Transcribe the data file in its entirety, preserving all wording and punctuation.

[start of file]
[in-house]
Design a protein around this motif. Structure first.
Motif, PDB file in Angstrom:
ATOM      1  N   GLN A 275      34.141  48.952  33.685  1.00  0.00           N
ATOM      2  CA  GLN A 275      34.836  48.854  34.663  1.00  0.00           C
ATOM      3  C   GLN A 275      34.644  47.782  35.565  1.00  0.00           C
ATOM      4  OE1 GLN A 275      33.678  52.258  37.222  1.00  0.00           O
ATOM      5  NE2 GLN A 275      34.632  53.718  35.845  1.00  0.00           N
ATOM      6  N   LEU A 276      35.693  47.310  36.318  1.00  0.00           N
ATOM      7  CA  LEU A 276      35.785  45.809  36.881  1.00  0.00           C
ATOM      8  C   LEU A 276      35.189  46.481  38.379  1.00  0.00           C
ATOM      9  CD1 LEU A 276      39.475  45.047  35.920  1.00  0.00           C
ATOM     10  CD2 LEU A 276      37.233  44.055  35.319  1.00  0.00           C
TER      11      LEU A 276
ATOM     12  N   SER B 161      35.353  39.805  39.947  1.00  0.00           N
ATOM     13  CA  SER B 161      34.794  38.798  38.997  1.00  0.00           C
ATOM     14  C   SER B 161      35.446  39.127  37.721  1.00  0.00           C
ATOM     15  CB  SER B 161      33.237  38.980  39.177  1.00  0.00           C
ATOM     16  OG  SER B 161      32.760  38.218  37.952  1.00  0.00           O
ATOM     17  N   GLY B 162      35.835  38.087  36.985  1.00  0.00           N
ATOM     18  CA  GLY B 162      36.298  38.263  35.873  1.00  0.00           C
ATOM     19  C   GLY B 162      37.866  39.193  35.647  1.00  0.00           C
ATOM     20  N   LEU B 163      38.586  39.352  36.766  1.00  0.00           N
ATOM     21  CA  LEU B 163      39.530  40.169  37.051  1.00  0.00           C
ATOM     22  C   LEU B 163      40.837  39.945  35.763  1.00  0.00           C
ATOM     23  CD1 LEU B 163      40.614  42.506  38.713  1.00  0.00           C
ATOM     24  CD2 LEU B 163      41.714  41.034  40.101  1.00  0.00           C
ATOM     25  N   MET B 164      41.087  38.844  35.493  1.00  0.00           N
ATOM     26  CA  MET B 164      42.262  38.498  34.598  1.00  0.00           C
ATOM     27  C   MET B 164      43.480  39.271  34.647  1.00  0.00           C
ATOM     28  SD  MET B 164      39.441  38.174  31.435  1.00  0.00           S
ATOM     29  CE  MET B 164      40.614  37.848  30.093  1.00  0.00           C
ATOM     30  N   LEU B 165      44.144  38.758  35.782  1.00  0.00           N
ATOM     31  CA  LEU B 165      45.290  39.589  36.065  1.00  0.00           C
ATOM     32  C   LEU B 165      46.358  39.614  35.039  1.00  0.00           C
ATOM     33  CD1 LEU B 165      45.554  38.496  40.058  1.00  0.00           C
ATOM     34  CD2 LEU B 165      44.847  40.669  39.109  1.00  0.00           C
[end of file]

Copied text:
[in-house]
Design a protein around this motif. Structure first.
Motif, PDB file in Angstrom:
ATOM      1  N   GLN A 275      34.141  48.952  33.685  1.00  0.00           N
ATOM      2  CA  GLN A 275      34.836  48.854  34.663  1.00  0.00           C
ATOM      3  C   GLN A 275      34.644  47.782  35.565  1.00  0.00           C
ATOM      4  OE1 GLN A 275      33.678  52.258  37.222  1.00  0.00           O
ATOM      5  NE2 GLN A 275      34.632  53.718  35.845  1.00  0.00           N
ATOM      6  N   LEU A 276      35.693  47.310  36.318  1.00  0.00           N
ATOM      7  CA  LEU A 276      35.785  45.809  36.881  1.00  0.00           C
ATOM      8  C   LEU A 276      35.189  46.481  38.379  1.00  0.00           C
ATOM      9  CD1 LEU A 276      39.475  45.047  35.920  1.00  0.00           C
ATOM     10  CD2 LEU A 276      37.233  44.055  35.319  1.00  0.00           C
TER      11      LEU A 276
ATOM     12  N   SER B 161      35.353  39.805  39.947  1.00  0.00           N
ATOM     13  CA  SER B 161      34.794  38.798  38.997  1.00  0.00           C
ATOM     14  C   SER B 161      35.446  39.127  37.721  1.00  0.00           C
ATOM     15  CB  SER B 161      33.237  38.980  39.177  1.00  0.00           C
ATOM     16  OG  SER B 161      32.760  38.218  37.952  1.00  0.00           O
ATOM     17  N   GLY B 162      35.835  38.087  36.985  1.00  0.00           N
ATOM     18  CA  GLY B 162      36.298  38.263  35.873  1.00  0.00           C
ATOM     19  C   GLY B 162      37.866  39.193  35.647  1.00  0.00           C
ATOM     20  N   LEU B 163      38.586  39.352  36.766  1.00  0.00           N
ATOM     21  CA  LEU B 163      39.530  40.169  37.051  1.00  0.00           C
ATOM     22  C   LEU B 163      40.837  39.945  35.763  1.00  0.00           C
ATOM     23  CD1 LEU B 163      40.614  42.506  38.713  1.00  0.00           C
ATOM     24  CD2 LEU B 163      41.714  41.034  40.101  1.00  0.00           C
ATOM     25  N   MET B 164      41.087  38.844  35.493  1.00  0.00           N
ATOM     26  CA  MET B 164      42.262  38.498  34.598  1.00  0.00           C
ATOM     27  C   MET B 164      43.480  39.271  34.647  1.00  0.00           C
ATOM     28  SD  MET B 164      39.441  38.174  31.435  1.00  0.00           S
ATOM     29  CE  MET B 164      40.614  37.848  30.093  1.00  0.00           C
ATOM     30  N   LEU B 165      44.144  38.758  35.782  1.00  0.00           N
ATOM     31  CA  LEU B 165      45.290  39.589  36.065  1.00  0.00           C
ATOM     32  C   LEU B 165      46.358  39.614  35.039  1.00  0.00           C
ATOM     33  CD1 LEU B 165      45.554  38.496  40.058  1.00  0.00           C
ATOM     34  CD2 LEU B 165      44.847  40.669  39.109  1.00  0.00           C